Molecular Biology of the Transfer RNA Revisited

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Book Series: Frontiers Research Topics ISSN: 16648714 ISBN: 9782889193660 Year: Pages: 164 DOI: 10.3389/978-2-88919-366-0 Language: English
Publisher: Frontiers Media SA
Subject: Genetics --- Science (General)
Added to DOAB on : 2015-11-19 16:29:12
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Transfer RNAs (tRNAs) are one of the classical non-coding RNAs whose lengths are approximately 70–100 bases. The secondary structure of tRNAs can be represented as the cloverleaf with 4 stems, and the three dimensional structure as an “L” shape. Historically, the basic function of tRNA as an essential component of translation was established in 1960s, i.e., each tRNA is charged with a target amino acid and these are delivered to the ribosome during protein synthesis. However, recent data suggests that the role of tRNA in cellular regulation goes beyond this paradigm. In most Archaea and Eukarya, precursor tRNAs are often interrupted by a short intron inserted strictly between the first and second nucleotide downstream of the anticodon, known as canonical nucleotide position (37/38). Recently, a number of reports describe novel aspects of tRNAs in terms of gene diversity, for example, several types of disrupted tRNA genes have been reported in the Archaea and primitive Eukarya, including multiple-intron-containing tRNA genes, split tRNA genes, and permuted tRNA genes. Our understanding of the enzymes involved in tRNA functions (e.g., aminoacyl-tRNA synthetase, tRNA splicing endonuclease, tRNA ligase) has deepened. Moreover, it is well known that tRNA possesses many types of base modifications whose enzymatic regulations remain to be fully elucidated. It was reported that impaired tRNA nuclear-cytoplasmic export links DNA damage and cell-cycle checkpoint. Furthermore, a variety of additional functions of tRNA, beyond its translation of the genetic code, have emerged rapidly. For instance, tRNA cleavage is a conserved part of the responses to a variety of stresses in eukaryotic cells. Age-associated or tissue-specific tRNA fragmentation has also been observed. Several papers suggested that some of these tRNA fragments might be involve in the cellular RNA interference (RNAi) system. These exciting data, have lead to this call for a Research Topic, that plans to revisit and summarize the molecular biology of tRNA. Beyond the topics outlined above, we have highlighted recent developments in bioinformatics tools and databases for tRNA analyses.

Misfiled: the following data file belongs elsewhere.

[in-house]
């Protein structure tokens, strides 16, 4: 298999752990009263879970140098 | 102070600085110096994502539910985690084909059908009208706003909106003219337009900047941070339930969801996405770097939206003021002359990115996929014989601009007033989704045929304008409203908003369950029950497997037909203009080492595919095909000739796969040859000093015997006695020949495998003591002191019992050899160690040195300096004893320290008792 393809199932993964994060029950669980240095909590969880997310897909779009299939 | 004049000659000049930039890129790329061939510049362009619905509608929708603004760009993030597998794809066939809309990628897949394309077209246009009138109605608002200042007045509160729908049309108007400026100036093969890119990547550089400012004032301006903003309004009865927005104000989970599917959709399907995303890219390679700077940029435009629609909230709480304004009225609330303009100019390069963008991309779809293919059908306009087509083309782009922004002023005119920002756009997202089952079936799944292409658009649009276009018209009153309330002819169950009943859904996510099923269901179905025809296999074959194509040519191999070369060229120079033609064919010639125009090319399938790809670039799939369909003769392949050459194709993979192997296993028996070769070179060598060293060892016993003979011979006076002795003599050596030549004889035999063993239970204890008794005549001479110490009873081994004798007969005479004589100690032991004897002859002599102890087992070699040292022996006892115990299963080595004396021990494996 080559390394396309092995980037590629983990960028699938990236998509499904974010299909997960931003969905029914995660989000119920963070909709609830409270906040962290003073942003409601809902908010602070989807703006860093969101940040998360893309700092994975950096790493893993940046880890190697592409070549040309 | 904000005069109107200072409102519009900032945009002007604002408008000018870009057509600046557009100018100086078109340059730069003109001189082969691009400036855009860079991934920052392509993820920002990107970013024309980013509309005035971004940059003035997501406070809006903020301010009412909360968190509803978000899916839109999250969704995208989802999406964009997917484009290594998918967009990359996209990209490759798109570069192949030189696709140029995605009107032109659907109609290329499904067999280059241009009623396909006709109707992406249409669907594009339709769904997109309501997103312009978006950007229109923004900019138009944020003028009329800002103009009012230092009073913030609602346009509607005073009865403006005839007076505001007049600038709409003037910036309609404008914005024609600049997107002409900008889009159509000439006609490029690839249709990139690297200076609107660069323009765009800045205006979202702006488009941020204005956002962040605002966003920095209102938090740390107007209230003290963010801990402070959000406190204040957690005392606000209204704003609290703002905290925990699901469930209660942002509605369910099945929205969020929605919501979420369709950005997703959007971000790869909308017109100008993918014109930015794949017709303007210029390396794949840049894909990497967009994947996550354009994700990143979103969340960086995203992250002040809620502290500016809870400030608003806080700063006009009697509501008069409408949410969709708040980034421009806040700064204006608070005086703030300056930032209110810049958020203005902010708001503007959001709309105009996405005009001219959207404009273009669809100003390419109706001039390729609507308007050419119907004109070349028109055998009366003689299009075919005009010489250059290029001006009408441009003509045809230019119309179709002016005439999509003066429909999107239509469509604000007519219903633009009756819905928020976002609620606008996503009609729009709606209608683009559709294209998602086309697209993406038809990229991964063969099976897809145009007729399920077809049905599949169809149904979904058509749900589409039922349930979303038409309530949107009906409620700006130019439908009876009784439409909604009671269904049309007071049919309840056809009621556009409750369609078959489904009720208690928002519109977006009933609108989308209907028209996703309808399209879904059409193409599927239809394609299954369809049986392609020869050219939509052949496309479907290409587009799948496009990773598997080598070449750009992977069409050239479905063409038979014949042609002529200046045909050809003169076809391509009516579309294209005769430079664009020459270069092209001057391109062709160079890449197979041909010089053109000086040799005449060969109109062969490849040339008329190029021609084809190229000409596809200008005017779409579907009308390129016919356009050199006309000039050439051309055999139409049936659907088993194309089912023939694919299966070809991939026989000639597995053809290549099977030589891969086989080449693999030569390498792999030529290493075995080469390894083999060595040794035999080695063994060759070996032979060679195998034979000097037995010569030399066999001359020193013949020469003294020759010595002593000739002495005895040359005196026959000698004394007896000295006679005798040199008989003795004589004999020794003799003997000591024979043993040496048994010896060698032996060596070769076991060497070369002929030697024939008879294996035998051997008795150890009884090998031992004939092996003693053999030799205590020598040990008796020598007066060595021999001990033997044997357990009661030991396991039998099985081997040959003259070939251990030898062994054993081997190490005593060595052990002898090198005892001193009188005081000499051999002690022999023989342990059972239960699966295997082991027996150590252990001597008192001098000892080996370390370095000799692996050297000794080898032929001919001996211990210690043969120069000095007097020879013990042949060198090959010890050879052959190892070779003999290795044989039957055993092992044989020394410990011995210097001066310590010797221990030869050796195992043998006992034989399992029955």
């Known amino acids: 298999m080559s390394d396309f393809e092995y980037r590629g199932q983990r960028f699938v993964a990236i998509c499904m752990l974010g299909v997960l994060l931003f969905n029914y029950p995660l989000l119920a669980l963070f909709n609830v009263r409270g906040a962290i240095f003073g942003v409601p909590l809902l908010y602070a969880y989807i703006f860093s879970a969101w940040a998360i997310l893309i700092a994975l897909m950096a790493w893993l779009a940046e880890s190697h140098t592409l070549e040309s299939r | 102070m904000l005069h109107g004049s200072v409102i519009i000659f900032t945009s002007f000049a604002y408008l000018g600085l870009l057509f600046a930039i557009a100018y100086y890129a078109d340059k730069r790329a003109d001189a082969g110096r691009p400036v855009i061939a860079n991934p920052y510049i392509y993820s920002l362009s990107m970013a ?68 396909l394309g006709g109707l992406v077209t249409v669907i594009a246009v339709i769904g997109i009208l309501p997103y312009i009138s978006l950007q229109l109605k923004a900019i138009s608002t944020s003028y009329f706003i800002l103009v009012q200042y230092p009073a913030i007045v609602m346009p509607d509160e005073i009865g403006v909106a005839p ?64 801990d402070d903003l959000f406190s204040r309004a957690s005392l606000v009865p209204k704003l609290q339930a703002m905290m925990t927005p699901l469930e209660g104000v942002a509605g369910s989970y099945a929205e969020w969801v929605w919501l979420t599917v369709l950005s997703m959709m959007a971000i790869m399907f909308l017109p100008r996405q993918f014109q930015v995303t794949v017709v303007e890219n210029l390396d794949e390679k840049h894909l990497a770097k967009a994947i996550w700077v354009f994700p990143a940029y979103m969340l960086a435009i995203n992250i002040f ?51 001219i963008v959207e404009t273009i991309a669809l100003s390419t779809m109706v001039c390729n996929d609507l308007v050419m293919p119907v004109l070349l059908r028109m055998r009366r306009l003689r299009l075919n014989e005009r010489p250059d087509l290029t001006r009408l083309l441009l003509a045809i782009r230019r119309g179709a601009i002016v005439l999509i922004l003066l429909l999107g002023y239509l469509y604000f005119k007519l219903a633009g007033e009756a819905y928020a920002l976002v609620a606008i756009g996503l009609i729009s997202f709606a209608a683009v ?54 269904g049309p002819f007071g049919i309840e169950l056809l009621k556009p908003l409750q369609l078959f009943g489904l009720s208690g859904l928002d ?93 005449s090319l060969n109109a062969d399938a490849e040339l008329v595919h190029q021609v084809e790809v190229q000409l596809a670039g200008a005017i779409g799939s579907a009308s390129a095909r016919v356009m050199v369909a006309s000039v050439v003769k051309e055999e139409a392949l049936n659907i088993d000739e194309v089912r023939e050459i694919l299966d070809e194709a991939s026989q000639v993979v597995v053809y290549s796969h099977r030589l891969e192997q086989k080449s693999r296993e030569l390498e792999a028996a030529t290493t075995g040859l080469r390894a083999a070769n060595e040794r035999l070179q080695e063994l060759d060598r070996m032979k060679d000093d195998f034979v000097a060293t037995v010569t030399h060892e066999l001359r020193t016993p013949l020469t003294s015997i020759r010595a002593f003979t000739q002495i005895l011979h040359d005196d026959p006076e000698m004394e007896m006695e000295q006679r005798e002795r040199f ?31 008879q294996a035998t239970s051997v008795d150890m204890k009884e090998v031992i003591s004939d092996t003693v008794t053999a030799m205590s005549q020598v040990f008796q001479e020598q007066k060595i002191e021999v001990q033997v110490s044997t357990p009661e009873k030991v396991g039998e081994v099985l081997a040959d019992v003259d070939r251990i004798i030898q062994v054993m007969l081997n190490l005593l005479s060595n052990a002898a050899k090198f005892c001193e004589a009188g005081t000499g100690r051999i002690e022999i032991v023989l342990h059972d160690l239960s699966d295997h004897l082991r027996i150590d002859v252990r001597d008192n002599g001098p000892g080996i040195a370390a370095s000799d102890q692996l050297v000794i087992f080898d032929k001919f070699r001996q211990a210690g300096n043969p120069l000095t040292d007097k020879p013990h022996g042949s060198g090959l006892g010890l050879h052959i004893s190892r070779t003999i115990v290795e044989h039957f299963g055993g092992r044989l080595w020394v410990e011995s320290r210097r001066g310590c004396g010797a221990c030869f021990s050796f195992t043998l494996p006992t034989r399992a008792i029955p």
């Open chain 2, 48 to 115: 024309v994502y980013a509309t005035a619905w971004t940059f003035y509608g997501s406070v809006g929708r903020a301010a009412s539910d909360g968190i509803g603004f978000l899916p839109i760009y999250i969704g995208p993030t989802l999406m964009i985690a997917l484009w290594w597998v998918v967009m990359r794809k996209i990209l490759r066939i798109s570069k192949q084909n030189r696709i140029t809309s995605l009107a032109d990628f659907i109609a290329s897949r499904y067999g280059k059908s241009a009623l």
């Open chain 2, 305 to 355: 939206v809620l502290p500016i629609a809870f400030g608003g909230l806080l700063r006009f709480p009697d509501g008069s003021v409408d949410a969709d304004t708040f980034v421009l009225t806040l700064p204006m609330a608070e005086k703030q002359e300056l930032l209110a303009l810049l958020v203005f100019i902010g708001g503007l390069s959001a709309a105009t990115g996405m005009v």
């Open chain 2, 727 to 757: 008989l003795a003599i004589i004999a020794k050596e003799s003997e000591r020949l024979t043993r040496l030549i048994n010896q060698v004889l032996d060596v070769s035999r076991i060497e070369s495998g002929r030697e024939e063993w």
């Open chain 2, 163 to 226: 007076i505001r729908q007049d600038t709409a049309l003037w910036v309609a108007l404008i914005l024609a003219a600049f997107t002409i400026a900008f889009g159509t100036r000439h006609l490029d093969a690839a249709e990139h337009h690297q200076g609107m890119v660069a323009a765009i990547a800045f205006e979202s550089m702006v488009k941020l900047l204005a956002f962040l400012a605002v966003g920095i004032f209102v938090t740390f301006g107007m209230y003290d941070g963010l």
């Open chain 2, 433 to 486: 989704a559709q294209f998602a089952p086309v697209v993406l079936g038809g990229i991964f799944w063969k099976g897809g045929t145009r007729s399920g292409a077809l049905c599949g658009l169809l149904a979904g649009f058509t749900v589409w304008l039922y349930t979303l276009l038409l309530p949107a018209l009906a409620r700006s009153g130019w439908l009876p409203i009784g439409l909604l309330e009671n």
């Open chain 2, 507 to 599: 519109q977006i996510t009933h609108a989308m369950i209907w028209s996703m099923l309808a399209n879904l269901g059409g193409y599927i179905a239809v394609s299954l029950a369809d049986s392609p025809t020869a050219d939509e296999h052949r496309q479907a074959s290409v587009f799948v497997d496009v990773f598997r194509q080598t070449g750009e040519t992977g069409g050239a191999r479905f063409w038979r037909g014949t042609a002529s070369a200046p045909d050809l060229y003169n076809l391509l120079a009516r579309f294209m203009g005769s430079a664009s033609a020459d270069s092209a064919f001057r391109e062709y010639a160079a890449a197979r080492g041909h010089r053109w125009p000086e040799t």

The Proceedings from Halophiles 2013, the International Congress on Halophilic Microorganisms

Authors: --- --- ---
Book Series: Frontiers Research Topics ISSN: 16648714 ISBN: 9782889195701 Year: Pages: 264 DOI: 10.3389/978-2-88919-570-1 Language: English
Publisher: Frontiers Media SA
Subject: Oncology --- Medicine (General)
Added to DOAB on : 2016-02-05 17:24:33